If you’re fond of sand dunes, and salty air
Quaint little villages, here and there
You’re sure to fall in love with old Cape Cod…
True confessions time again. Are you ready? I totally adore 50’s pop. I could say it’s my guilty pleasure, only I don’t feel guilty in the slightest. Keep in mind I’m talking pop here—not rock ‘n roll, much as I love 50’s oldies. This is Hit Parade stuff—the Tony Bennett–June Christy–Tony Martin–Peggy Lee–Patti Page (she of the aforementioned overdubbed “Old Cape Cod”)–Rosemary Clooney–Perry Como–Johnny Desmond variety. And a bit later, Bobby Darin, Johnny Mathis and Sarah Vaughn. And let’s not forget the Chairman of the Board, Frank Sinatra, who, though he sang his best in the 50’s, is really timeless.
I can hear the groans now. Too boring. The age of Pat Boone. I’ll grant you Boone, but there were so many others who were incredibly engaging. Exhibit A: Les Paul and Mary Ford. No one took better advantage of all that was made possible by developments in sound and production, and Les Paul continued to push the outside of that envelope his entire career. Aside from his innovative recording techniques and guitar designs, the man was one hell of a musician who influenced jazz, pop and rock for decades to come.
50’s pop just adored drama with a capital D. You find it over and over again—Miss Toni Fisher singing “The Big Hurt”, which introduced phasing as a recording technique (in this case achieved by pressing on the tape head) and Her Nibs, Miss Georgia Gibbs, ramping it up with “Kiss of Fire.” Drama! Tangos! Paso dobles! And it wasn’t just the ladies. Has anyone ever topped Frankie Laine?
This was the heyday of top-notch arrangers like Nelson Riddle, Billy May and Axel Stordahl, all of whom were served by great studio musicians and backup singers who in most cases sight-read these charts in the recording booth. One of the best examples of session-day virtuosity is Jane Morgan’s “The Day the Rains Came”. By the way, if the lyrics sound like the Farmer’s Almanac, it’s probably because of a misguided translation of the original Gilbert Bécaud song (If you think this is bad, try a literal translation of Charles Trenet’s “La Mer”. Bobby Darin’s version, “Beyond the Sea”, actually did us all a favor). I love the blowsy French horns and trombones at the start of the number and the tremendous string arrangement that follows, but there’s even better to come. Listen closely to the bridge, beginning with “A robin sang a song of love…”. That’s some wicked harmony, topped by a soprano descant that shadows Jane Morgan’s voice into the next A section of the song. It’s the musical equivalent of backlighting. Then it’s all stops out for the backup singers leading into the finale, “ooohing” and “aahing” for all they’re worth. A terrific job all around.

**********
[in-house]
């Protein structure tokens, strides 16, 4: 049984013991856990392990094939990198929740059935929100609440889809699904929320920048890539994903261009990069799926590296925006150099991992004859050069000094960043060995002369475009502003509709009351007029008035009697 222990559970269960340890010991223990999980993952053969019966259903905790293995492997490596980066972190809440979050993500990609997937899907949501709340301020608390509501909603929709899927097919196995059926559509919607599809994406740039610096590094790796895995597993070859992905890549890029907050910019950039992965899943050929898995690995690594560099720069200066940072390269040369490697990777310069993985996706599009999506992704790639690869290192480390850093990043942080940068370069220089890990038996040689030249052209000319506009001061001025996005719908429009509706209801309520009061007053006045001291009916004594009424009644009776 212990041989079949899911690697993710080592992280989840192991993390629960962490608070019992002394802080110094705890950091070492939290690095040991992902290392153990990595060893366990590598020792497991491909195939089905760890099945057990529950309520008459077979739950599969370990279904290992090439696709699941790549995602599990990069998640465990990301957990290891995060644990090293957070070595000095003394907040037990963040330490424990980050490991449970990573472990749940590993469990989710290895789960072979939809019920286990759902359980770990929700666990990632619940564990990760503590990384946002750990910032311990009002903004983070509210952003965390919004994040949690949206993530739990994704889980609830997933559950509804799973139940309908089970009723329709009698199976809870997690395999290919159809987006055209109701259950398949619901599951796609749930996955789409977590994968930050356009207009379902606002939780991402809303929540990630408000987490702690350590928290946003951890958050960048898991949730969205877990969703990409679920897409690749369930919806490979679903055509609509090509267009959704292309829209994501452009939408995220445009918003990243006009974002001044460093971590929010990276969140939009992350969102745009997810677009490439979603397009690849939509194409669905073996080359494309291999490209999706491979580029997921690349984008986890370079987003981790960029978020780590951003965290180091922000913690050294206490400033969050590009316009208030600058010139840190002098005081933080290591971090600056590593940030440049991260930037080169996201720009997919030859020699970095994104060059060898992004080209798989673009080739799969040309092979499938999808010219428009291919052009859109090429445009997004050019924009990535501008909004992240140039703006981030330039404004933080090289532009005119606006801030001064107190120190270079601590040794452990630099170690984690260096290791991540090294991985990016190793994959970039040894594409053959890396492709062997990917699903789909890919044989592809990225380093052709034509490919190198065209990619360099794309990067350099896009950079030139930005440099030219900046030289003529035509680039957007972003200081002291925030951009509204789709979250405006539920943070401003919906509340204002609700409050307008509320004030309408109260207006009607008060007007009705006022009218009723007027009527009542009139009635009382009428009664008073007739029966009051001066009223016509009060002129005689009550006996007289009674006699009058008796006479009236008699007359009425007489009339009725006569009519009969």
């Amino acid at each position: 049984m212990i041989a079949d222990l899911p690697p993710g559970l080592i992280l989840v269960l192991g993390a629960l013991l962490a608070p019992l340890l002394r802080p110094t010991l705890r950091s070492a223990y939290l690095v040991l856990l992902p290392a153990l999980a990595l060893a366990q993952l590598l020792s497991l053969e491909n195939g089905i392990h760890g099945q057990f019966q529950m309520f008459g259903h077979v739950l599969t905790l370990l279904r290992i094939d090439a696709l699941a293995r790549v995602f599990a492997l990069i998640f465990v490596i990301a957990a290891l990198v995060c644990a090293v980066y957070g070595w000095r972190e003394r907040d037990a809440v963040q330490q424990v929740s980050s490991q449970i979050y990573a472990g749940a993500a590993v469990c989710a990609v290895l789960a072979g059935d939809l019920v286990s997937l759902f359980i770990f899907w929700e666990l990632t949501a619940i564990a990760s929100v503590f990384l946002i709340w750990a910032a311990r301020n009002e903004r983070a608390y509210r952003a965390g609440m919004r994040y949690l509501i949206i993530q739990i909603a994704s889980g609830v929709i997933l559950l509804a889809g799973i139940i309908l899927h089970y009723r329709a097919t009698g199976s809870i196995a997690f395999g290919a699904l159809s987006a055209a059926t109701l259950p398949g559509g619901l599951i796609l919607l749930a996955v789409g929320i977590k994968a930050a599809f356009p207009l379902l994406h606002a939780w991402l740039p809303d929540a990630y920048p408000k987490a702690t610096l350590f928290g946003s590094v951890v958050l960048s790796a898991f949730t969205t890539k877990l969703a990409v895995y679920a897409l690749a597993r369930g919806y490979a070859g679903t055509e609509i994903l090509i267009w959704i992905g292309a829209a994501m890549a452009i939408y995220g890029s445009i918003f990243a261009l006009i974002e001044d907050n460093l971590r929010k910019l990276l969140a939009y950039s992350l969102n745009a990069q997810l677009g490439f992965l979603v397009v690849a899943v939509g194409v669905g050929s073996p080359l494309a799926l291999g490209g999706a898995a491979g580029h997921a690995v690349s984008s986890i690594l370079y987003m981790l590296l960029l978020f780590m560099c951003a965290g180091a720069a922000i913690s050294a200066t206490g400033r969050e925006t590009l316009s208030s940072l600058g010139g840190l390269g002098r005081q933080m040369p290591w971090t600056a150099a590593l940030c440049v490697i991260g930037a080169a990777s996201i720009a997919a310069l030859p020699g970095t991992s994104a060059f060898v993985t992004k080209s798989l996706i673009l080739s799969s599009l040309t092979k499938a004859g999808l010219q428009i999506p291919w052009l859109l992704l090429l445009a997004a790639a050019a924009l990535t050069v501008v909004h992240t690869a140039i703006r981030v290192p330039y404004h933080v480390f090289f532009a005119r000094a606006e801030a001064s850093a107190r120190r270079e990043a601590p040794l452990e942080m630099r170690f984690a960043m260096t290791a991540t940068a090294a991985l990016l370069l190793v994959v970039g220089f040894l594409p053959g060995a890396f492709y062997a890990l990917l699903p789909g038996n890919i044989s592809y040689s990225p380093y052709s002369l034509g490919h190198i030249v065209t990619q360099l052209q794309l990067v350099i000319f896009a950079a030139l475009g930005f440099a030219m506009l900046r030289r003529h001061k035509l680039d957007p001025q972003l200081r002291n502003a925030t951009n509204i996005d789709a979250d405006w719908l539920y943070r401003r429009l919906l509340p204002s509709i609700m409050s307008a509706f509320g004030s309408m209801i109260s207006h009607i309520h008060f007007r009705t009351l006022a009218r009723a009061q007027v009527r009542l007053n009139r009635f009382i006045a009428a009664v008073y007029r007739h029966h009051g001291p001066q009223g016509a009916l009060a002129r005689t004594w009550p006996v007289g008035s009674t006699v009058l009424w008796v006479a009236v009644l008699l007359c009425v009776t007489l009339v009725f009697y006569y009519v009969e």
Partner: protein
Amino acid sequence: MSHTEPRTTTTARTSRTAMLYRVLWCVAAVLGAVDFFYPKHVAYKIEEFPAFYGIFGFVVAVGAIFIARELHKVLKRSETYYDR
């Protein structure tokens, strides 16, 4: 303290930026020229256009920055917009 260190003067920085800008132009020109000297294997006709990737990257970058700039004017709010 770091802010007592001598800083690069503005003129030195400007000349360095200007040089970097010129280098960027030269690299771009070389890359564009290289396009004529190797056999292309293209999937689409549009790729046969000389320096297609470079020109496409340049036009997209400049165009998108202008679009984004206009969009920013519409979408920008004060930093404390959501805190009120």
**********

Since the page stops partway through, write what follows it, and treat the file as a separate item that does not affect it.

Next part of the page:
A number of the best ’50’s singers were veterans of the Big Band Era who had learned their trade through exhausting tours and one-night stands, but most of all, by performing with some great musicians. Jo Stafford, who along with Frank Sinatra had sung with Tommy Dorsey’s band, was one of the best. In addition to having perfect pitch, her breath control was astonishing. Listen to “Symphony” or better yet, “The Nearness of You”, in which she carries the bridge of the song directly into the final A section in one breath (“…come true/I need no soft lights to enchant me…”). Her filmed performances are rare, but I really like this one because the song is one of my favorites—Rodgers & Hammerstein being unusually sophisticated, from their show “Allegro”:
I can’t end this post without mentioning the many groups that proliferated during the ’50’s—The Four Freshman, The Four Aces, The Ames Brothers, The Crew Cuts, among a multitude of others (A recent play, “Forever Plaid”, is a fond tribute and send-up of these performers and their music, not to mention their clothes). But the best of these, by far, was The Hi-Lo’s, who were in another league entirely. Blessed with four great voices, a distinctive top to their sound supplied by Clark Burroughs and stupendous arrangements by Gene Puerling, their recordings remain as fresh as ever. Just for starters, listen to “How Are Things in Glocca Morra?”
The longer this post gets, the more 50’s tunes I remember. I could go on and on like the Energizer Bunny. But I’ll leave you with one final goodie for now. Did you know that Dean Martin could really sing? Not drunk-sing, not “Everybody Loves Somebody Sometime” sing. If your only knowledge of the man is derived from the Rat Pack jokester, you’re in for a shock. Lend your ears to“Sway”.
Next time, all. Come on-a my house!